Mike Tomlin predicts NFL catch rule debate to resume in offseason

PITTSBURGH – Coming off a devastating touchdown reversal against his Steelers, coach Mike Tomlin predicts intense offseason discussion over the NFL’s catch rule. Tomlin, who’s on the league’s competition...

PITTSBURGH – Coming off a devastating touchdown reversal against his Steelers, coach Mike Tomlin predicts intense offseason discussion over the NFL’s catch rule.

Tomlin, who’s on the league’s competition committee, saw officials override tight end Jesse James’ 10-yard touchdown catch against the New England Patriots with 28 seconds left because he didn’t “survive the ground.” The Patriots held on to win 27-24 after Ben Roethlisberger threw an interception with 5 seconds left.

“I think that we all can acknowledge that all of this needs to be revisited,” Tomlin said. “It’s not just this play … As a member of the committee, I acknowledge we have our work cut out for us this offseason regarding a number of those things.”

Emotions were raw in the Steelers’ postgame locker room scene after players saw James catch the ball with his knee down, then attempt to hold the ball over the goal line. Wide receiver JuJu Smith-Schuster called the reversal ‘bulls – .” NFL rules require receivers to possess the ball after initial contact with the ground.

The review process took nearly three minutes, and Tomlin said officials warned him the clock would run off 10 seconds if deemed a completion at the 1-yard line, where James’ knee was down. That complicated the Steelers’ playcalling, Tomlin said, since an incompletion was “probably the least of the (likely) scenarios from my expectations.”
As a result, Roethlisberger said on his weekly radio show the Steelers had one play called – a 3-yard gain to Darrius Heyward-Bey in bounds with 22 seconds left – and wished they had two ready to go.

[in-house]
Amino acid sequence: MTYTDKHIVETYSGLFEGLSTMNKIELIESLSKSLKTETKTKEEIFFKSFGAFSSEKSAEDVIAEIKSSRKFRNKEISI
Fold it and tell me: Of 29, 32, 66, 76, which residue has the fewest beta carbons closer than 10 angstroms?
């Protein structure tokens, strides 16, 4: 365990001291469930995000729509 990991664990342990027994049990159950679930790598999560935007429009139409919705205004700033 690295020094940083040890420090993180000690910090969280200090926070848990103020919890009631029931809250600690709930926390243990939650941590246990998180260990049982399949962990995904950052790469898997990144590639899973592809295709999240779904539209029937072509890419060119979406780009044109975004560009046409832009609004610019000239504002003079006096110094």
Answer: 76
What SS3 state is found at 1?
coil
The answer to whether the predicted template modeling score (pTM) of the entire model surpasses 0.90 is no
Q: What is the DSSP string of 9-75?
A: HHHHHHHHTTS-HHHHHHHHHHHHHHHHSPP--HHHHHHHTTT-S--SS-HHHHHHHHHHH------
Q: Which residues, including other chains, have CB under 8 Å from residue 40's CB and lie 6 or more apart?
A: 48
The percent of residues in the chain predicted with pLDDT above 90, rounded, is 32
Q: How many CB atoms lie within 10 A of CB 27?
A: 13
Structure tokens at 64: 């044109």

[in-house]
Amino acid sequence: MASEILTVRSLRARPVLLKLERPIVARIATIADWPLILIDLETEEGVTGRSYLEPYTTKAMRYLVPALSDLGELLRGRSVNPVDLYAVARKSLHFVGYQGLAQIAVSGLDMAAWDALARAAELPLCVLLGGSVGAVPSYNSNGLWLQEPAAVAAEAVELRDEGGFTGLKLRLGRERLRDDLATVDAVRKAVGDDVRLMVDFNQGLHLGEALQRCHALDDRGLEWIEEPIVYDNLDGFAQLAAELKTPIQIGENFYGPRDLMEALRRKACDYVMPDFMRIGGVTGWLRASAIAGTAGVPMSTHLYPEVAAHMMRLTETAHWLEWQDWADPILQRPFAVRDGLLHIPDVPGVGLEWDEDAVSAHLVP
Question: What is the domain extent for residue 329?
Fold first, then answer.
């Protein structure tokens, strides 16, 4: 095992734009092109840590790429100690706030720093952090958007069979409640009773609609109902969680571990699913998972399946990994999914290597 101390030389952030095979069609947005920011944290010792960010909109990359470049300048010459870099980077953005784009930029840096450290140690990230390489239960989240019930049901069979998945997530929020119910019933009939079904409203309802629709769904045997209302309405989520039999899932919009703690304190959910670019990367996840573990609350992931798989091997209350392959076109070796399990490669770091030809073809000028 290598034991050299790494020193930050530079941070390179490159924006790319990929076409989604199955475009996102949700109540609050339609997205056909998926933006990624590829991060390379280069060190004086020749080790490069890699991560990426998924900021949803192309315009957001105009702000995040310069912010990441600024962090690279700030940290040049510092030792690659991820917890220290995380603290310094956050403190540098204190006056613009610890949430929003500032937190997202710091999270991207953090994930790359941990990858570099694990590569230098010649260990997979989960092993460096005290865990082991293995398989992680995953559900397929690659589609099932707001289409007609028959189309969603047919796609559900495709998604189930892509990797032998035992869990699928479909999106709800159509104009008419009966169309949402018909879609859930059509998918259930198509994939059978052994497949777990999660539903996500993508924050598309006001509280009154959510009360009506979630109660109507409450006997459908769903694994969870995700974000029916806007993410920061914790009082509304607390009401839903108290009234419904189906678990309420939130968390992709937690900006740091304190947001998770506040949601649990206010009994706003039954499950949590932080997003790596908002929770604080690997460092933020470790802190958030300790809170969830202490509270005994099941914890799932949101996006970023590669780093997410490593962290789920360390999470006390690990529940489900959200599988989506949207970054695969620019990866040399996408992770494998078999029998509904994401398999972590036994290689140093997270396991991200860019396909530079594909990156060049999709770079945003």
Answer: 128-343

The play caused a ripple effect through the NFL similar to Dez Bryant’s controversial non-catch in the 2015 playoffs. Coach Bill O’Brien, whose Houston Texans play the Steelers on Christmas Day, said “surviving the ground” isn’t applicable in other levels of football.

“I realize we have a higher standard in the NFL, the highest level of football, but I think when you’re in the heat of the moment and the way the game is played, guys are trying to make plays,” O’Brien said on a conference call with Pittsburgh media. “I think we do have to discuss the rule.”

Tomlin discussed the controversial ending, confirming he told Roethlisberger in the headset to run a play on third down in the final seconds. As the Steelers scrambled to get lined up, Roethlisberger gave the spike signal, then faked the spike and attempted a pass to Eli Rogers into double coverage over the middle. Patriots cornerback Eric Rowe tipped the ball to safety Duron Harmon for the easy pick.

Roethlisberger told the media after the game that he wanted to clock the ball and give his team the option for a field goal but was told by coaches to run a play.

Tomlin said he had a good discussion with Roethlisberger about the sequence.

“I find comfort in the fact 7’s my quarterback,” Tomlin said. “If everybody on the field is uncomfortable, that’s advantage Pittsburgh Steelers. And that’s why we chose not to spike that ball. We wanted to try to win that game in regulation. We knew that a spike or a fake spike or an incomplete pass, maybe running the field goal unit out, there were extra seconds there I wanted to take advantage of. That’s why I instructed him not to spike it. Given an opportunity to do that again, I’d do that again. We’ve made a lot of hay in those circumstance over the years when everybody’s a little uncomfortable.”

A veteran quarterback such as Roethlisberger “certainly” has latitude to override coaches’ calls and clock the play as he sees fit, Tomlin said.

“There’s no script for those moments,” Tomlin said. “He is on the field. He is inside the helmet and on the field with those guys. He has a feel for what transpires on the field … We call plays all the time that he may change at the line of scrimmage based on game circumstances that he sees.”

Roethlisberger said on his radio show that had he clocked the ball, Tomlin might have been “crazy enough” to go for the win on fourth down. Tomlin said there was a chance of that but he probably would have opted for overtime.

The James play wasn’t the Steelers’ only issue with officiating. With 34 seconds, Pittsburgh was rewarded with a timeout. Tomlin said he didn’t want a timeout, but official Tony Corrente mistook Roethlisberger communicating with his head coach as a timeout signal. On the CBS broadcast replay, Roethlisberger is seen giving the timeout signal toward Pittsburgh’s sideline.

Despite the last-minute confusion and the Patriots’ triumph, the Steelers can seal at least a No. 2 seed in the AFC playoffs with wins over the Texans and Cleveland Browns.

 

Source: ESPN 

Featured Image: AP Photo/File 

Inset Image: Getty Images 

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